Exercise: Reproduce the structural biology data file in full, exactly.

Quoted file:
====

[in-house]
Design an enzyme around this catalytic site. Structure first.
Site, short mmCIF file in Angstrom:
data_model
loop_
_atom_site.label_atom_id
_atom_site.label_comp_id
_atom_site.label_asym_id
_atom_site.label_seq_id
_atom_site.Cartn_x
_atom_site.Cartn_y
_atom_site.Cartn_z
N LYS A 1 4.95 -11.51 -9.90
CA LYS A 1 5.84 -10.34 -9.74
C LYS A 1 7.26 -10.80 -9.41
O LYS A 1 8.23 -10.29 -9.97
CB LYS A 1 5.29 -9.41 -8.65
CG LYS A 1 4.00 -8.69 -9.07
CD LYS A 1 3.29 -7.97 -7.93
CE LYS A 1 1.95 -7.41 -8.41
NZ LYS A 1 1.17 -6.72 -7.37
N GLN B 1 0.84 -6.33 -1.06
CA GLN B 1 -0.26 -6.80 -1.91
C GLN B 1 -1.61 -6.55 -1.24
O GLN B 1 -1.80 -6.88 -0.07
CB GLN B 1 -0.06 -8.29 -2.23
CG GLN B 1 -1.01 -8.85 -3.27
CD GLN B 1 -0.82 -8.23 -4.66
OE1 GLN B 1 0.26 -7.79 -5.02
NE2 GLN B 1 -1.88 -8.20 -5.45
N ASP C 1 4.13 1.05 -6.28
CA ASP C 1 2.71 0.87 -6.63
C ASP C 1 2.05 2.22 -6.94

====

[in-house]
Design an enzyme around this catalytic site. Structure first.
Site, short mmCIF file in Angstrom:
data_model
loop_
_atom_site.label_atom_id
_atom_site.label_comp_id
_atom_site.label_asym_id
_atom_site.label_seq_id
_atom_site.Cartn_x
_atom_site.Cartn_y
_atom_site.Cartn_z
N LYS A 1 4.95 -11.51 -9.90
CA LYS A 1 5.84 -10.34 -9.74
C LYS A 1 7.26 -10.80 -9.41
O LYS A 1 8.23 -10.29 -9.97
CB LYS A 1 5.29 -9.41 -8.65
CG LYS A 1 4.00 -8.69 -9.07
CD LYS A 1 3.29 -7.97 -7.93
CE LYS A 1 1.95 -7.41 -8.41
NZ LYS A 1 1.17 -6.72 -7.37
N GLN B 1 0.84 -6.33 -1.06
CA GLN B 1 -0.26 -6.80 -1.91
C GLN B 1 -1.61 -6.55 -1.24
O GLN B 1 -1.80 -6.88 -0.07
CB GLN B 1 -0.06 -8.29 -2.23
CG GLN B 1 -1.01 -8.85 -3.27
CD GLN B 1 -0.82 -8.23 -4.66
OE1 GLN B 1 0.26 -7.79 -5.02
NE2 GLN B 1 -1.88 -8.20 -5.45
N ASP C 1 4.13 1.05 -6.28
CA ASP C 1 2.71 0.87 -6.63
C ASP C 1 2.05 2.22 -6.94